Gisela: They finally get to a place where there is a really unstable trench that was about 5 feet deep.  It was a hole in the ground. They are a group of several men with a cannon in the middle of nowhere. During a British air strike. It looked like the end of the world.

And well, inside the trench…

Reyes: It looked all wet, but half of it was burnt, like someone had lit a fire inside. Until at some point we see a foot starting to step out of there, then a leg, then a body. A soldier came out. There was a soldier: Rena

Gisela: Víctor Daniel Rena.

Daniel: What! Where? You mean, a guy comes out of this hole?

Gisela: Yes, exactly. Not just one but two soldiers came out. It was Rena and another soldier, Juan Palacios. They were both in the 25th Regiment. The 25th Bravos. Both were barely 18. Both were finishing up their mandatory military service and their mission in that trench was to defend the airport against an attack by land.

Daniel: Two young soldiers were going to defend the airport against the British?

Gisela: Exactly. That was part of what happened in Malvinas: improvisation. A military government bringing a lot of soldiers to a war that they weren’t even prepared for.

Reyes: So on the side of the trench we were setting up…

Gisela: All of the artillery equipment.

Reyes: Cannons, radars…

Gisela: And Rena and Palacios were really surprised to have all of those important armaments there.

Reyes: So they came over to talk to us. He and the other guy, Juan Palacios, came out.

Gisela: Both soldiers are from a city called Río Cuarto in the province of Córdoba. Reyes and the men under his command were using a mechanical shovel to dig out a trench for the artillery. But when Reyes sees that shoddy trench Rena and Palacios were staying in, he feels bad for them and gives the order to build them a new trench as well.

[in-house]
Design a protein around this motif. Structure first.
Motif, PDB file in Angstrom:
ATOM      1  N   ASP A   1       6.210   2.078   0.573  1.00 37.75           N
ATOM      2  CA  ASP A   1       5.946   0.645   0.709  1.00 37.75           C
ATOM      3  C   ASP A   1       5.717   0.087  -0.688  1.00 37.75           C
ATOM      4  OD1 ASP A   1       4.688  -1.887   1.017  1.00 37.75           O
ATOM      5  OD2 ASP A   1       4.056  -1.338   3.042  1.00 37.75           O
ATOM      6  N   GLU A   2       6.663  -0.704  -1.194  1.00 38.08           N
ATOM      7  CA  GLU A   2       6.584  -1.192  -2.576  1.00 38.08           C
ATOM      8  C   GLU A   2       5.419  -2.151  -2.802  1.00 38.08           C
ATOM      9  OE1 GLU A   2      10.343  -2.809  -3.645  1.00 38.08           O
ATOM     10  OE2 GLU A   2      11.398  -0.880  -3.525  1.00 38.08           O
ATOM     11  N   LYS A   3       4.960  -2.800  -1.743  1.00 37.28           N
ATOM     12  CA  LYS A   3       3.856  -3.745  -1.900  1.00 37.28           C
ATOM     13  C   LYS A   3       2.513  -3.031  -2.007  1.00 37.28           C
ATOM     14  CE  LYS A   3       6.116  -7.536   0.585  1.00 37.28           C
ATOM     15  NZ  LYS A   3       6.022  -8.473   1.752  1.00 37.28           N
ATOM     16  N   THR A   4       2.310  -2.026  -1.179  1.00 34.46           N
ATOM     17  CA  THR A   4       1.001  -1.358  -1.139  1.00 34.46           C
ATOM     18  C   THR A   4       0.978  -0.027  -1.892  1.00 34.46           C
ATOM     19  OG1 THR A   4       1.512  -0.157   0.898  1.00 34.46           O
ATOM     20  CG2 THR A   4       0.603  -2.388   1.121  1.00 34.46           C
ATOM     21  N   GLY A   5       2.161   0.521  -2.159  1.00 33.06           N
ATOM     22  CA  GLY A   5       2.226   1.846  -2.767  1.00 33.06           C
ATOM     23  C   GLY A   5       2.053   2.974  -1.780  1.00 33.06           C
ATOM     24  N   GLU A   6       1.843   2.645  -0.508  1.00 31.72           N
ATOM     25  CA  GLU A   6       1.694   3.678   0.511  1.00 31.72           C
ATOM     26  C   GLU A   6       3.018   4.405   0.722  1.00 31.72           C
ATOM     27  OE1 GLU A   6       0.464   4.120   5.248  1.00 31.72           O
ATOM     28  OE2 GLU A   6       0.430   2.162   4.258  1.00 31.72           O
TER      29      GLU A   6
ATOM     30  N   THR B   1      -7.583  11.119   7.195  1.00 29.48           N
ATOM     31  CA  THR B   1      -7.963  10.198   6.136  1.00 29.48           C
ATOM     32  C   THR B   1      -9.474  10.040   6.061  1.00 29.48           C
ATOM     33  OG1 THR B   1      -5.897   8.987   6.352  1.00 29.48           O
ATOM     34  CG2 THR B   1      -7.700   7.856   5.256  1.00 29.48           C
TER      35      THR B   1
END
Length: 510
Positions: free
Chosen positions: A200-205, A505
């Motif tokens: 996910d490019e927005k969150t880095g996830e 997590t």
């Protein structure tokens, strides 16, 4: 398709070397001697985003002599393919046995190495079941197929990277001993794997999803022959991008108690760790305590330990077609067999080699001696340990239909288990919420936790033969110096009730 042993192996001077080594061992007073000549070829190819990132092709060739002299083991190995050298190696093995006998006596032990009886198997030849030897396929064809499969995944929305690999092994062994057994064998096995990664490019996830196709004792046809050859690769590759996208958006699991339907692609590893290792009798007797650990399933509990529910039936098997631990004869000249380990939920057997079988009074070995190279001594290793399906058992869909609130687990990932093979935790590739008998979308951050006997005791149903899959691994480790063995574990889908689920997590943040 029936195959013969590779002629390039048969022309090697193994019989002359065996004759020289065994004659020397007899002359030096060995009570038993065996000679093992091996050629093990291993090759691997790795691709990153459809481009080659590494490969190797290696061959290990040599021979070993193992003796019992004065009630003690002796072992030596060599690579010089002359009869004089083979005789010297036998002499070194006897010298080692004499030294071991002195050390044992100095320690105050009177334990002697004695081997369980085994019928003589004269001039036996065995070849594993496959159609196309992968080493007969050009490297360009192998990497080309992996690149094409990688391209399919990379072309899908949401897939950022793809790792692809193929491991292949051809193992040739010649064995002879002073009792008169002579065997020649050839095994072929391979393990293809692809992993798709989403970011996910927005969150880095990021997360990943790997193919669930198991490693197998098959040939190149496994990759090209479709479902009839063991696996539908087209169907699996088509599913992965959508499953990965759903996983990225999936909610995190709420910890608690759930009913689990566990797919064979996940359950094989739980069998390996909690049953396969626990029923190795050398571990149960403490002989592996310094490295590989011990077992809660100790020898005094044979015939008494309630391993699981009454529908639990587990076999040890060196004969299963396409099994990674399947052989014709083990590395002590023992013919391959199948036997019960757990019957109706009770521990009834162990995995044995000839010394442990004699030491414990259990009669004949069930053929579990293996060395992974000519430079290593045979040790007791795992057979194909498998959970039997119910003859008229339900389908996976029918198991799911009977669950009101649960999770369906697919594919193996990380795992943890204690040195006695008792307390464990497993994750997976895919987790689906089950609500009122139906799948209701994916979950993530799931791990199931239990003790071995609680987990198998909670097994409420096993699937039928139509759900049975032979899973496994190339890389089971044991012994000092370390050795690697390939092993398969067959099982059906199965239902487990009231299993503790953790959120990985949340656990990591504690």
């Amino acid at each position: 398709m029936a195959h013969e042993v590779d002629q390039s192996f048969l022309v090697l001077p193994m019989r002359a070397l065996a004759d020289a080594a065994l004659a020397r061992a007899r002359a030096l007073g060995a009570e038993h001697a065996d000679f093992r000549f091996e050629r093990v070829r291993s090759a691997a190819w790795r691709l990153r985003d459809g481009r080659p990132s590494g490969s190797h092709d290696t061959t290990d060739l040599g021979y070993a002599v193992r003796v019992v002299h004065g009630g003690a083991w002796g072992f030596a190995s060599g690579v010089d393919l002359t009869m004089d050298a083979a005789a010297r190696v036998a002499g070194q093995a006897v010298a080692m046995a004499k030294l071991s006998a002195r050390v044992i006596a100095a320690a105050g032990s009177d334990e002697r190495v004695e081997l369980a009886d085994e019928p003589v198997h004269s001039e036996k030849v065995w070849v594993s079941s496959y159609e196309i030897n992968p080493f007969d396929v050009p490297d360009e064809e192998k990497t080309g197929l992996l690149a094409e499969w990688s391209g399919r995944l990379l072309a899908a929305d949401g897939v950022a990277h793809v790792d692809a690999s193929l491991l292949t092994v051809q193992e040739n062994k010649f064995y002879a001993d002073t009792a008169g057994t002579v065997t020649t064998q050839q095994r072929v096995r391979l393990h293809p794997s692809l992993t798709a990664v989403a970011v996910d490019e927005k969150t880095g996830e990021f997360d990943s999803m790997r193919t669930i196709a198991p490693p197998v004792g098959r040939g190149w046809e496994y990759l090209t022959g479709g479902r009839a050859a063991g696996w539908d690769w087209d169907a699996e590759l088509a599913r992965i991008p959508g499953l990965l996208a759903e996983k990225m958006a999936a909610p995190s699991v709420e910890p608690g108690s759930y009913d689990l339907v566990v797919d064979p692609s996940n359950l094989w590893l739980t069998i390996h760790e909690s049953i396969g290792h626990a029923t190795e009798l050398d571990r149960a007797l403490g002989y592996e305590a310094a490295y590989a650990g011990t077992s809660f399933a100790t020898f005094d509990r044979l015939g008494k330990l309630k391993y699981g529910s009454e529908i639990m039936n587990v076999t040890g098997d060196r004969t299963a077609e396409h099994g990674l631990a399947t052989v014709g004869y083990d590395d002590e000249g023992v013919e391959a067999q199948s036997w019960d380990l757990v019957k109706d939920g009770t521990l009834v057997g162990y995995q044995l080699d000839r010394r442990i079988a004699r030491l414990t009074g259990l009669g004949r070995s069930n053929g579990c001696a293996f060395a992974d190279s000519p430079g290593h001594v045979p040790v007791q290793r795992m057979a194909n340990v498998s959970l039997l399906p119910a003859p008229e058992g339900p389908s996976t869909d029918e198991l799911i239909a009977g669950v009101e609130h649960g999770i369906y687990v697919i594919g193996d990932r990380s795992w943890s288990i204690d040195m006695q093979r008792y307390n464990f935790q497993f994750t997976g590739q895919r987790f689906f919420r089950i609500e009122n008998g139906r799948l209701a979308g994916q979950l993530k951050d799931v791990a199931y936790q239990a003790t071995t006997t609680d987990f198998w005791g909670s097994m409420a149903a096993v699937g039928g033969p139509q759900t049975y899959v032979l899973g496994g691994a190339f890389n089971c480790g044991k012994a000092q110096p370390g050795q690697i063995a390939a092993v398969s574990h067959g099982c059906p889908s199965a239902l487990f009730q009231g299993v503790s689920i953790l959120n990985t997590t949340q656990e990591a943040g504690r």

Reyes: So now they had a proper shelter. They were next to us.

Gisela: And you have to understand, Daniel, this is not a normal gesture.

Daniel: In what way?

Gisela: There weren’t… there aren’t strong ties between lieutenants and privates. That kind of gesture was very uncommon. And besides being very far apart in rank, they also were in different branches.

But none of that mattered to Reyes. And Reyes’ gesture –something so simple, right?– would become very important for Rena, and it marked the beginning of a friendship.  

Reyes: In the evening or in a calm moment, I liked to get close to the soldiers.

Gisela: And they talked for hours.

Reyes: I did it with the people in my battery and I did it with them too. We talked about their families, what they did, what they hoped for, what they were studying, and what they wanted to do after they got out.

Gisela: And, well, that’s how he started to get to know Rena and become friends with him.

Reyes: They extended an invitation. They said: “Come to Río Cuarto and I’ll tell my sister to cook; she is a really good cook.”

Gisela: And they liked to talk about what they did in their town in Córdoba.

Reyes: “Ok, yeah, we’re going to go to Río Cuarto.”

Gisela: They’re already thinking about what they’re going to do after the war.

Daniel: If they survive.

Gisela: Exactly. That’s just how Reyes felt.

Reyes: Really, there probably isn’t any other place where they… where we were more similar, right? And where we grew closer to one another than right there, you know?

Gisela: When Reyes says “closer” what he is really saying is that they weren’t just under the same conditions, but also they were facing war together and…

Reyes: Judging by how the battle was progressing, I knew or I thought I wasn’t going to make it out alive.

Gisela: In the two months they spent together they became real friends. The difference in rank between them disappeared. Reyes shared his food with Rena because the army’s food was famous for how bad it was.

Reyes: A watered-down stew that was somewhat nutritious at best.

Gisela: While the officers, like Reyes, got a meal that was a little more respectable.